Tania Hershman

Tania Hershman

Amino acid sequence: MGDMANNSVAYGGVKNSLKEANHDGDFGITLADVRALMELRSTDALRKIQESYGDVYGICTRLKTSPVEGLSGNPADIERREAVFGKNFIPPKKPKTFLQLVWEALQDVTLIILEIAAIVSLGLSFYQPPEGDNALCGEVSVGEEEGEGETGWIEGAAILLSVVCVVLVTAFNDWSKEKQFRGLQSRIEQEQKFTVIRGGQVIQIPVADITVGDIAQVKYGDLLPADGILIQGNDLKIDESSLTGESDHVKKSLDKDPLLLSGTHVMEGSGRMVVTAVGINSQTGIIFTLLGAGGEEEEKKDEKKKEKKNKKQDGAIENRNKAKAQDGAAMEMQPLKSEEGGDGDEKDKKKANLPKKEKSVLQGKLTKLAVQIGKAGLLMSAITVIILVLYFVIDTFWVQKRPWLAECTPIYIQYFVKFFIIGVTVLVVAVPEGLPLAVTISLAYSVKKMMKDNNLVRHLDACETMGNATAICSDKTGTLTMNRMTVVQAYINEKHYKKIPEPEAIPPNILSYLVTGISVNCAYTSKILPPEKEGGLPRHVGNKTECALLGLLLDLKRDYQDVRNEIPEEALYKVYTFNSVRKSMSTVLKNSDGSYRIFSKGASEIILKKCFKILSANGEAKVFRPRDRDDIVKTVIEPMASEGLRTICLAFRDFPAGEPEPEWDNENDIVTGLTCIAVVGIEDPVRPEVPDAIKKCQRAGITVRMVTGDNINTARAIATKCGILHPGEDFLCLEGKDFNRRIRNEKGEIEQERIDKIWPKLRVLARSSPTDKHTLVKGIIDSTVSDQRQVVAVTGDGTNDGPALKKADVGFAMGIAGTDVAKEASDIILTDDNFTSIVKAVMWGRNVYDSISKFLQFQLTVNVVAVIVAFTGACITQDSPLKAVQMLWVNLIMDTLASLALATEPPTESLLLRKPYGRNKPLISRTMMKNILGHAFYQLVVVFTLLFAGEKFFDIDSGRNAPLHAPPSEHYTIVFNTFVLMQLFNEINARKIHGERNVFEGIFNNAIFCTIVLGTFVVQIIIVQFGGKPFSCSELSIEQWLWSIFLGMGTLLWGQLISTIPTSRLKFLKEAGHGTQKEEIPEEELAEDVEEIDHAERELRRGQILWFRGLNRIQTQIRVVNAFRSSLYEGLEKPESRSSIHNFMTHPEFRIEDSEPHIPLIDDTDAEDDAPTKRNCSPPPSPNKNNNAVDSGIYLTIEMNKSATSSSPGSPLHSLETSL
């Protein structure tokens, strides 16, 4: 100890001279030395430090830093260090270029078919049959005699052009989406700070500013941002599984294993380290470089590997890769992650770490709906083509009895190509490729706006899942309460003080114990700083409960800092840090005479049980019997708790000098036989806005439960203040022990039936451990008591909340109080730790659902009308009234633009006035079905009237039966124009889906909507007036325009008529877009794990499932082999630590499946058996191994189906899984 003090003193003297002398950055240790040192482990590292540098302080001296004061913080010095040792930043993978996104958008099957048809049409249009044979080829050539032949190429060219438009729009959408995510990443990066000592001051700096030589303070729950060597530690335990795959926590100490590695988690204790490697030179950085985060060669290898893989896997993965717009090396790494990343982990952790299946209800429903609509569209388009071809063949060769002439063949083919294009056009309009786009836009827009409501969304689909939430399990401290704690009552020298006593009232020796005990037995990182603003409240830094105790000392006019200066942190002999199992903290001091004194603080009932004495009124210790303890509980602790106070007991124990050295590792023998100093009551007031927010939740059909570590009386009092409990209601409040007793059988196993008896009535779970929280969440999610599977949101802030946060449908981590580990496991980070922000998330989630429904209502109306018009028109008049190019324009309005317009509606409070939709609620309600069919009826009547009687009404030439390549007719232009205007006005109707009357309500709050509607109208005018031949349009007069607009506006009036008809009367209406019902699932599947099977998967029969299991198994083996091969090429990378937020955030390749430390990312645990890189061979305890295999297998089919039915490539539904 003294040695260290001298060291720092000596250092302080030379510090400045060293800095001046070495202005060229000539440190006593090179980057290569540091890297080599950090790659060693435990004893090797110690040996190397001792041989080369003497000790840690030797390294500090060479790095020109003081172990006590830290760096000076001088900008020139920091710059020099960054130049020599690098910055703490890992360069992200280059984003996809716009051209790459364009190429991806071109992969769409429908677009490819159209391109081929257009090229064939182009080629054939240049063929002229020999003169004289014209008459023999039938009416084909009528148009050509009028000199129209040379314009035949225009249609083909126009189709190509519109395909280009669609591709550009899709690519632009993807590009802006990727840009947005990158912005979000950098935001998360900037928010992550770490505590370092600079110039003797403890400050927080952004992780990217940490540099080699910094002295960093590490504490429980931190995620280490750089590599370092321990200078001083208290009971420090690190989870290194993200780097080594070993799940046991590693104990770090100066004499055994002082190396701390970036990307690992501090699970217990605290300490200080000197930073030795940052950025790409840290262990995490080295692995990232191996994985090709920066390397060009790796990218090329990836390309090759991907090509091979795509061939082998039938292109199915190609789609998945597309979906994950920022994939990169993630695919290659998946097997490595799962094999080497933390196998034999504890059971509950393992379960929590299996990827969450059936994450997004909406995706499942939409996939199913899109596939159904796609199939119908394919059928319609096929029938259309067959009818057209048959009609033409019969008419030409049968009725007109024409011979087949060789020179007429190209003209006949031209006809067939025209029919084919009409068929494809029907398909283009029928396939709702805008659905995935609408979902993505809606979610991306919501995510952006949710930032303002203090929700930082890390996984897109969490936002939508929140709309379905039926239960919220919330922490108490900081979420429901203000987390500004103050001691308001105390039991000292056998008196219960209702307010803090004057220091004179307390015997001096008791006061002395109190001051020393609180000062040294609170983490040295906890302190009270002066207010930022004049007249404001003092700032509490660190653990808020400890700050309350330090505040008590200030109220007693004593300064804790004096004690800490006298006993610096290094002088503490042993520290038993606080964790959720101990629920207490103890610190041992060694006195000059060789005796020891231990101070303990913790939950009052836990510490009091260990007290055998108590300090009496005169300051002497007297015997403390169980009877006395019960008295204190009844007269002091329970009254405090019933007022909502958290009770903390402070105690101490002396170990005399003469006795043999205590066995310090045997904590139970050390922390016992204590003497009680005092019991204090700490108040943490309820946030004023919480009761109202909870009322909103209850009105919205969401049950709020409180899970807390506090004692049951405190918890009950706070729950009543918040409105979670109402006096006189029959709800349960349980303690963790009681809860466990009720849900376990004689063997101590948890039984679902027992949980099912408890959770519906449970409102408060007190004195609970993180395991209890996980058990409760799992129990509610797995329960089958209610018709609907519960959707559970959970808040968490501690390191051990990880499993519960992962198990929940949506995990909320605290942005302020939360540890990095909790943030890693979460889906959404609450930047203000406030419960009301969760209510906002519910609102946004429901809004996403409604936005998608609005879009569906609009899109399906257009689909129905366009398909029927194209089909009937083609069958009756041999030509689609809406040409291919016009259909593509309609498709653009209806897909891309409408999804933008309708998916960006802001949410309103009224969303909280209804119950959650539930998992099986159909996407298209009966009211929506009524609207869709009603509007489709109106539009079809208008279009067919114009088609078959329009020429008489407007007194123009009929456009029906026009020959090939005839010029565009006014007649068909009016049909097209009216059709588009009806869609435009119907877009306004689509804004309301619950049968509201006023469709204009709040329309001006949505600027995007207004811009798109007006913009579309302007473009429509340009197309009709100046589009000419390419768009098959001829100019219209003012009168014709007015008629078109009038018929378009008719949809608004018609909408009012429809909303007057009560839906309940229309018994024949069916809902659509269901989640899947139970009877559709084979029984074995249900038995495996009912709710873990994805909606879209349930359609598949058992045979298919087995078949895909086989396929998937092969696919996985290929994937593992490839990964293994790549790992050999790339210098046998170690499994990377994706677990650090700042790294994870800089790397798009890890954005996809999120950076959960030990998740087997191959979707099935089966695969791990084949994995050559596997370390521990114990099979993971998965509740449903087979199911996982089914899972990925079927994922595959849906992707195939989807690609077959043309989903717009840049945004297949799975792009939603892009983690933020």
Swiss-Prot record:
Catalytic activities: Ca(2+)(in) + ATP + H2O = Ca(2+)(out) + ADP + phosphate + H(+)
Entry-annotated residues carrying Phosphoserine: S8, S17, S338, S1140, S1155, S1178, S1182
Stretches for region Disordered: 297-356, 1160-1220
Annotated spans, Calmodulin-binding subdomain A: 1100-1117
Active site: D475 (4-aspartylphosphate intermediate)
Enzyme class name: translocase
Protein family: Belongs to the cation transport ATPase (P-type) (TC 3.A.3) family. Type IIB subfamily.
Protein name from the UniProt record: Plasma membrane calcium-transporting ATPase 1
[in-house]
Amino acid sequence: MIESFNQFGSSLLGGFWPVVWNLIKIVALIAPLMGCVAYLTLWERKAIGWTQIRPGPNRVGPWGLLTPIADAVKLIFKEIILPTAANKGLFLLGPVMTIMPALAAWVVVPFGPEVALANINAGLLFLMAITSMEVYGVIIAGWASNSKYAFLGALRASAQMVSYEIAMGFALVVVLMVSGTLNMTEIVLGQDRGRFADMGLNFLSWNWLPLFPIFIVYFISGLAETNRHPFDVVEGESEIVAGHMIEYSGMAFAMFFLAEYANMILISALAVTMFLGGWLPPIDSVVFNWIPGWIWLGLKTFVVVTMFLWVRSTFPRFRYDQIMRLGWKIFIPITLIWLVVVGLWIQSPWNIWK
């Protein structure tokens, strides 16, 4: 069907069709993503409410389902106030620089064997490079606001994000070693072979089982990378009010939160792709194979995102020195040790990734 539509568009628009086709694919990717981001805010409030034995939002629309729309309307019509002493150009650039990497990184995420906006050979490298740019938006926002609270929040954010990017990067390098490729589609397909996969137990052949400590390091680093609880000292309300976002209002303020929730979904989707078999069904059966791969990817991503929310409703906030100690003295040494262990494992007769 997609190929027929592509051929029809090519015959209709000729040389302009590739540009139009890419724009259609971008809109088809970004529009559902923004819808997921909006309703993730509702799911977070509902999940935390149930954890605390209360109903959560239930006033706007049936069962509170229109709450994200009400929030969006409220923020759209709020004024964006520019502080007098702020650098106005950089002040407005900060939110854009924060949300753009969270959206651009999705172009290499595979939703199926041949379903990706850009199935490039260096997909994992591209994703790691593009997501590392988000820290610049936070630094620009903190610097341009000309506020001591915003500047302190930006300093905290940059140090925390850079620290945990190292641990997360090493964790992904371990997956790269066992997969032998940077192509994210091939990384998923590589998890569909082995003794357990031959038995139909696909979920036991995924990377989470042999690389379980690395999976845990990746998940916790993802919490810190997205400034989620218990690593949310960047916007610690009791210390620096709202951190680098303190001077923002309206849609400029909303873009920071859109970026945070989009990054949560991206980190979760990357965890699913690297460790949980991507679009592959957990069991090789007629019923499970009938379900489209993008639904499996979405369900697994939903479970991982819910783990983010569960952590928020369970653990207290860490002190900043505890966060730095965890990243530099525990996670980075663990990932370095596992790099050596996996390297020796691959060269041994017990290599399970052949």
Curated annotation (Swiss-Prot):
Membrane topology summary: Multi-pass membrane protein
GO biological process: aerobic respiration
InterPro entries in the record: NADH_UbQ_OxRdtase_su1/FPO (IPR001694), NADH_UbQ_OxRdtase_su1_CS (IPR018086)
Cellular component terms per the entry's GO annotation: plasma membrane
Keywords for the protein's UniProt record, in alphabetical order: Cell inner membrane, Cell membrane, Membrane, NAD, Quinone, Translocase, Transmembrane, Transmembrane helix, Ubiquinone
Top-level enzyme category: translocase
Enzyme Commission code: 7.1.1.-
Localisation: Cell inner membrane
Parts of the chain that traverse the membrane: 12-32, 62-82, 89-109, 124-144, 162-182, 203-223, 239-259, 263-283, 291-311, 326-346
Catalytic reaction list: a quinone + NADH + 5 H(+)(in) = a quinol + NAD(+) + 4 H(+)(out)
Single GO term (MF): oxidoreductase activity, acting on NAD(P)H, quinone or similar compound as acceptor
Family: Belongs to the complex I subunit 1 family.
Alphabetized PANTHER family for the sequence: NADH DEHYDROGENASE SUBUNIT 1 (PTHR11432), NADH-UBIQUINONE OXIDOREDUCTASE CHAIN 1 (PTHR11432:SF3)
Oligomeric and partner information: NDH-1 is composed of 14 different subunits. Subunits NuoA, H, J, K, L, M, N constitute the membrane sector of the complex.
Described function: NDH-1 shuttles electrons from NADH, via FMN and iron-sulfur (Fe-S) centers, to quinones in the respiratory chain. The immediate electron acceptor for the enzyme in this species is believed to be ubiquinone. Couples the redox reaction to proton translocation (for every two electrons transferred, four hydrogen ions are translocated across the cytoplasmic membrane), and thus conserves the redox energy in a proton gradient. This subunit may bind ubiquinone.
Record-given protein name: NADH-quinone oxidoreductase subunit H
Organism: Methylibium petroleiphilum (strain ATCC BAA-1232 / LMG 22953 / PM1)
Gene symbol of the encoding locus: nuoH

What I'm up to now My second poetry collection, Still Life With Octopus, will be published by Nine Arches Press in July 2022, and in October my debut novel, which I call a fictional-memoir-in-collage, will be published by Broken Sleep books. A Royal Literary Fund Writing Fellow at the Universities of Bristol and Manchester, I received an Arts Council Developing Your Creative Practice grant in 2019 for a hybrid creative non-fiction book on Time, which I completed in 2021, and which I call a "chronomemoir". My second poetry pamphlet, How High Did She Fly, joint winner of Live Canon's 2019 poetry pamphlet competition, was published in Nov 2019 - and my hybrid pamphlet, And What If We Were All Allowed To Disappear, was published in a limited edition by Guillemot Press in March 2020. The On This Day She book, which I co-wrote with Jo Bell and Ailsa Holland as a spin off from our Twitter account, was published in Feb 2021 by Bonnier Books. I had two new books published in 2017 - Some Of Us Glow More Than Others, my third short story collection, published May 2 2017 by Unthank Books, and Terms and Conditions, my debut poetry collection, published on July 7 by Nine Arches Press. For updates, follow me on Twitter - @taniahershman. I am also curator of an online hub about UK & Ireland short story activity ShortStops . www.shortstops.info. I was awarded a PhD in Creative Writing by Bath Spa University for a book-length creative work inspired by particle physics - which includes prose and poetry and things that morph between the two. I am co-author with Courttia Newland, of Writing Short Stories: A Writers & Artists Companion (Dec 2014). And my first poetry pamphlet, Nothing Here is Wild, Everything Is Open, was published in February 2016 by Southword Editions, Ireland. I am chair of the judges of the 2017 Bristol Short Story Prize and I was a 2014 Gladstone's Library Writer-in-Residence and judge of the 2014 Bridport Flash Fiction Prize. How I Got Here Born in London in 1970, I moved to Jerusalem in 1994. After making a living for 13 years as a science journalist, writing for publications such as WIRED and NewScientist, I gave it all up to write fiction, and am now based in Bristol, UK. My first collection, The White Road and Other Stories (Salt, 2008), was commended by the judges of the 2009 Orange Award for New Writers, and contains flash fiction and short stories inspired by science. My second story collection, My Mother Was An Upright Piano: Fictions, was published in May 2012 by Tangent Books and contain fifty six very short fictions. My stories and poems have won various prizes, been nominated for a Pushcart Prize, been published, broadcast on BBC Radio 3 and 4 & performed. I teach regularly for the Arvon Foundation. I was writer-in-residence in the Science Faculty at Bristol University from 2009-2012, and received an Arts Council England grant to work on a short story collection inspired by a year spent in a biochemistry lab.
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